std::set<std::string> accepted_flags = {
        "-l", "--lines",
        "-w", "--words",
        "-m", "--chars",
        "-c", "--bytes",
        "-L", "--max-line-length",
    for (auto f : cl_args.flags) {
        if (!accepted_flags.count(f)) {
            std::cerr << "invalid option: " << f << std::endl;
    for (auto k : cl_args.key_values) {
        std::string must_be = "--files0-from";
        if (k.first.substr(0, must_be.length()) != must_be) {
            std::cerr << "invalid option: " << k.first << std::endl;

Counting architecture

wc supports counting 5 quantities:

  • bytes
  • characters
  • words
  • lines
  • the longest line

To support this, I defined an abstract base class called counter, and 5 child classes defining each counting logic:

class counter {
    virtual bool has_optimization() const { return false; }
    virtual void optimized_count(const std::string fname) { }
    virtual void process_wchar(const wchar_t, unsigned, bool) = 0;
    unsigned long get_count() const { return count; }
    void add(unsigned long i) { count += i; }
    void clear() { count = 0; }
    unsigned long count = 0;

Essentially, each counter is assumed to be a state machine, and each invocation of the process_wchar(const wchar_t wc, unsigned size, bool error) triggers the state machine to process a new wide character wc of length size bytes that was read; if the current bytes to not form a valid character per the current locale then error is set and 1 byte is consumed. The has_optimization() and optimized_count() is a special path for supporting wc -c byte counting, in this case we don't have to actually count the bytes, we can just use fstat() to ask the operating system what the size of the file is — assuming we are processing files and not stdin.

As an example, here is the implementation for byte counting, the most trivial of the 5:

class byte_counter : public counter {
    bool has_optimization() const { return true; }
    virtual void optimized_count(const std::string fname) {
        struct stat st;
        stat(fname.c_str(), &st);
        count = st.st_size;
    void process_wchar(const wchar_t, unsigned num_bytes, bool) {
        count += num_bytes;

Handling wide characters

Although I've been using wc for 25 years, I never used it to count characters or words, so I was surprised to learn that a signiciant fraction of complexity comes from differentiating between bytes and (non-ASCII) characters. Essentially, in Unix a locale can be set, and wc honors this setting. On my Debian box, running locale shows:

$ locale

This means that bytes are interpreted as UTF-8 characters by wc. So valid UTF-8 byte sequences are counted as 1 character by wc, and this is also honored by the word counting logic. However, if we set the locale to C, we switch to chars=bytes mode, and in this case wc -c and wc -m always outputs the same number; you can trigger this like LC_ALL="C" wc -c -m -l -w -L <file>.

However, not all byte sequences are valid UTF-8 (or whatever else the locale is set to), so invalid sequences are skipped one byte at a time, and a new attempt is made to read a valid character. The workhorse here is the C function mbrtowc(), which attempts to read a character per the current locale, and return it, or set an error. This logic is in my process_block() function, which after reading a block of bytes, repeatedly tries to extract wide characters. This function is quite C-like, and the core logic is similar to the standard wc implementations:

unsigned process_block(
    const char* cp, unsigned n, counter_vector& counters, bool eof) {
    long remaining = n;
    std::mbstate_t ps{};
    while (remaining > 0) {
        wchar_t wc;
        long num_bytes = 0;
        if (is_basic(*cp)) {
            wc = *cp;
            num_bytes = 1;
        } else {
            num_bytes = mbrtowc(&wc, cp, remaining, &ps);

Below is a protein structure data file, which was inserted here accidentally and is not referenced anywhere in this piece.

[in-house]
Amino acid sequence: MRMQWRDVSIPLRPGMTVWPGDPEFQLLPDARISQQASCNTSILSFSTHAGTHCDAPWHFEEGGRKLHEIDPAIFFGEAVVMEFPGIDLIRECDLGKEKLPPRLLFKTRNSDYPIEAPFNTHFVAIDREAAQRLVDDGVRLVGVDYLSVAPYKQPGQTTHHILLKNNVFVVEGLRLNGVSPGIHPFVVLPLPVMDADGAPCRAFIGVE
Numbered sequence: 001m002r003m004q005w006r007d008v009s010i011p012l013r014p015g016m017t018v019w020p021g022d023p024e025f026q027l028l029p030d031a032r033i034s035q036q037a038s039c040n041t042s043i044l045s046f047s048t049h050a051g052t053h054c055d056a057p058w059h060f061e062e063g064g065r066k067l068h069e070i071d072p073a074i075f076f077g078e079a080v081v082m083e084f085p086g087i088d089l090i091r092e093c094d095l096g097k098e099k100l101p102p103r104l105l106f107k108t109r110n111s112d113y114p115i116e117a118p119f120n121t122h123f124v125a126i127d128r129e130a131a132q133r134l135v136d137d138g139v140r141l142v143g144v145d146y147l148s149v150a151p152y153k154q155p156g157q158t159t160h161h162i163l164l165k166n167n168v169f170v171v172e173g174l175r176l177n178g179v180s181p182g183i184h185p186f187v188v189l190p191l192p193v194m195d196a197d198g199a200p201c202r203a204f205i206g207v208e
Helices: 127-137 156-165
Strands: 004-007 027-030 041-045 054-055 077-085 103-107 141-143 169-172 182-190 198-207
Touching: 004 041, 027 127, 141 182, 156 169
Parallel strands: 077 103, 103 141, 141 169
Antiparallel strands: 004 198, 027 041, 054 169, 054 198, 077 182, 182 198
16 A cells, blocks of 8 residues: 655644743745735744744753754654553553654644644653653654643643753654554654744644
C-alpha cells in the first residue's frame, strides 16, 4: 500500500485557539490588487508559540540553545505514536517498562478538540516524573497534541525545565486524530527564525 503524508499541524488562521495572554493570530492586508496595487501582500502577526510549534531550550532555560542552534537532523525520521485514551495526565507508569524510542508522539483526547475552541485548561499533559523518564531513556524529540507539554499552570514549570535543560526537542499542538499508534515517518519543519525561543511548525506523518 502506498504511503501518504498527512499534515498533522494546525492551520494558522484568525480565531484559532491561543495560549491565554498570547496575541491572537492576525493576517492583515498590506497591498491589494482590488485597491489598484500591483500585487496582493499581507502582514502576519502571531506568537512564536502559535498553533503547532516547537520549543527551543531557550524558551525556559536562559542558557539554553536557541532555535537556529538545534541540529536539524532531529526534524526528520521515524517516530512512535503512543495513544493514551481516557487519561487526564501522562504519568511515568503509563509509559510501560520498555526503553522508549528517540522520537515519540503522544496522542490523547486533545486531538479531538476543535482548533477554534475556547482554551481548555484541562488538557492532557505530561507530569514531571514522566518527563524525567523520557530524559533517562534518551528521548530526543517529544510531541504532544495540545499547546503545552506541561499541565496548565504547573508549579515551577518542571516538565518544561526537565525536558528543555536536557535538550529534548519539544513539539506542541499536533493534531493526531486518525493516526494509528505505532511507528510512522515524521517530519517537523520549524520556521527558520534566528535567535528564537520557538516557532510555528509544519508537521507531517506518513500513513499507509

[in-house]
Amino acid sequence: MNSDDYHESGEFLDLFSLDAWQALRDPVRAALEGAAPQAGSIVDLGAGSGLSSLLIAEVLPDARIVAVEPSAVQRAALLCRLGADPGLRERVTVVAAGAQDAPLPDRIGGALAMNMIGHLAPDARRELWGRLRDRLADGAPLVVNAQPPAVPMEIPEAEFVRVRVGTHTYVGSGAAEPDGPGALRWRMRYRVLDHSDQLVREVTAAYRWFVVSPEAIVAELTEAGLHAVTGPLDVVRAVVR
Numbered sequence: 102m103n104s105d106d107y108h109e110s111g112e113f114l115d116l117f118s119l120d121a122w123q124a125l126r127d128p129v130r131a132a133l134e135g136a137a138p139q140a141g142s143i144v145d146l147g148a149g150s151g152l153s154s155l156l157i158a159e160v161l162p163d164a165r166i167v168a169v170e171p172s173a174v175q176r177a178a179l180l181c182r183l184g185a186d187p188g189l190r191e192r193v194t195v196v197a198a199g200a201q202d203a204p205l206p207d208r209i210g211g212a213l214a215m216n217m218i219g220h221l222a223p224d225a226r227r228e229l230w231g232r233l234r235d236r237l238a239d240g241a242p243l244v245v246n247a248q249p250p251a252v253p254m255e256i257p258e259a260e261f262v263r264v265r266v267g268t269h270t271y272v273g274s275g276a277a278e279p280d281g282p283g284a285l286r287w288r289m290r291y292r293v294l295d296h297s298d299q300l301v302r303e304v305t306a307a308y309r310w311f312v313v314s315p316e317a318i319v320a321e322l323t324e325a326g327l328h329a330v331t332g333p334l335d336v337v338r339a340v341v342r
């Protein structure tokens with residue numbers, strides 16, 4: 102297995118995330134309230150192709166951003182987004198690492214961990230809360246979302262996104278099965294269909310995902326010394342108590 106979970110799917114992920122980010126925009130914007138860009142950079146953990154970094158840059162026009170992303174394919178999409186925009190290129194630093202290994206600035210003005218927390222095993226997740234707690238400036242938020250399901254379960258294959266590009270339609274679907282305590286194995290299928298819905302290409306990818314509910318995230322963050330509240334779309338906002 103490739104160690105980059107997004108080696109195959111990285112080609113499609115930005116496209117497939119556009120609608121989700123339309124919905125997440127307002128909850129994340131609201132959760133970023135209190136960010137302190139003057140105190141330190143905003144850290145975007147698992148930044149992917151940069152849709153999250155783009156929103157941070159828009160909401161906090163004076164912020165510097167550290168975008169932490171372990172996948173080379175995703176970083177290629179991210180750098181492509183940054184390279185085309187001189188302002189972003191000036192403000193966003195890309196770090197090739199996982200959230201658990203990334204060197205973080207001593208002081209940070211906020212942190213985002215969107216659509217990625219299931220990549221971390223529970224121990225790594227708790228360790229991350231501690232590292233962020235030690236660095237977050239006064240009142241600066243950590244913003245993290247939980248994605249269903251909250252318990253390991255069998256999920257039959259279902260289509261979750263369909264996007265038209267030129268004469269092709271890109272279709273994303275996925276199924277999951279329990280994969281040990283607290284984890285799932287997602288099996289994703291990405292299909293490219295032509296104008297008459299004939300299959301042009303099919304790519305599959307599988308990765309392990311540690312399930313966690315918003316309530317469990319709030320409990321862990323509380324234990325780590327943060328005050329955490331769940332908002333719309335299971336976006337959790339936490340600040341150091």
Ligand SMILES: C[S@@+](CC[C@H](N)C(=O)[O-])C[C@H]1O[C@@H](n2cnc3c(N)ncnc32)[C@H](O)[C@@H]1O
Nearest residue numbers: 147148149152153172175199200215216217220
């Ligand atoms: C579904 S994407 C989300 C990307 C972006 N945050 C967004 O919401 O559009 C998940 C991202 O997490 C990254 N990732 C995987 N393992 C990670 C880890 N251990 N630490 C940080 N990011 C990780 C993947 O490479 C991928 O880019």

bool error = false;
        if (num_bytes == 0) {
            // encountered null character
            num_bytes = 1;
        } else if (num_bytes == static_cast<std::size_t>(-1)) {
            // encountered bad wide character
            num_bytes = 1;
            error = true;
        } else if (num_bytes == static_cast<std::size_t>(-2)) {
            // encountered incomplete wide character, get more bytes if possible
            if (!eof)
                return remaining;
            num_bytes = remaining;
            error = true;
        } else {
            // success, read a wchar_t
        std::for_each(counters.begin(), counters.end(),
            [&](auto& c) { c->process_wchar(wc, num_bytes, error); });
        cp += num_bytes;
        remaining -= num_bytes;
    return remaining;


Getting the locale-specific conversion of bytes to characters took at least half of all development time. I used large zipped files as a test, since these contain random characters, some of which are valid UTF-8, many are not, so this allowed me to test many branches of my code. In the end, I got everything to match except one case: U+2029, the Unicode paragraph separator character. My implementation calls std::iswspace(wc) which considers this as white-space, so it separates words and triggers an extra word count. However, my Debian system's wc does not consider this character to be a word separator. I reduced the difference to a test file containg: aU+2029a (5 bytes long, as U+2029 is represented in 3 bytes with UTF-8) , on which wc -w returns 1 word from the system wc, but my imlementation counts 2 words (test file is here). I believe mine is correct, so I left this difference.


I tested the performance by running all 5 counters on fairly large zip files repeatedly and using time. To my surprise, without any additional optimizations, just by compiling with -O3, my C++ implementation is only about 10% slower than my system's highly optimized C version from 20-30 years ago:

$ time wc -c -m -l -w -L playground/MNIST_data/train-images-idx3-ubyte.gz
  36468  207566 5259183 9912422     448 playground/MNIST_data/train-images-idx3-ubyte.gz

real    0m0.560s
user    0m0.548s
sys     0m0.008s
$ time ./wcpp -c -m -l -w -L playground/MNIST_data/train-images-idx3-ubyte.gz
   36468  207567 5259183 9912422     448 playground/MNIST_data/train-images-idx3-ubyte.gz

real    0m0.619s
user    0m0.620s
sys     0m0.000s

Note the difference in word counts due to the issue mentioned above.


I had a lot of fun writing wcpp.cpp and learned a lot about Unix, locale, wide character handling, and new features of C++ such as auto and for_each. I'm sure there are still a lot of optimization possibilities in terms of C++ language usage in my code, I'm happy to take feedback. I'm planning to continue on this path, and as time allows, implement other members of coreutils such as grep or find.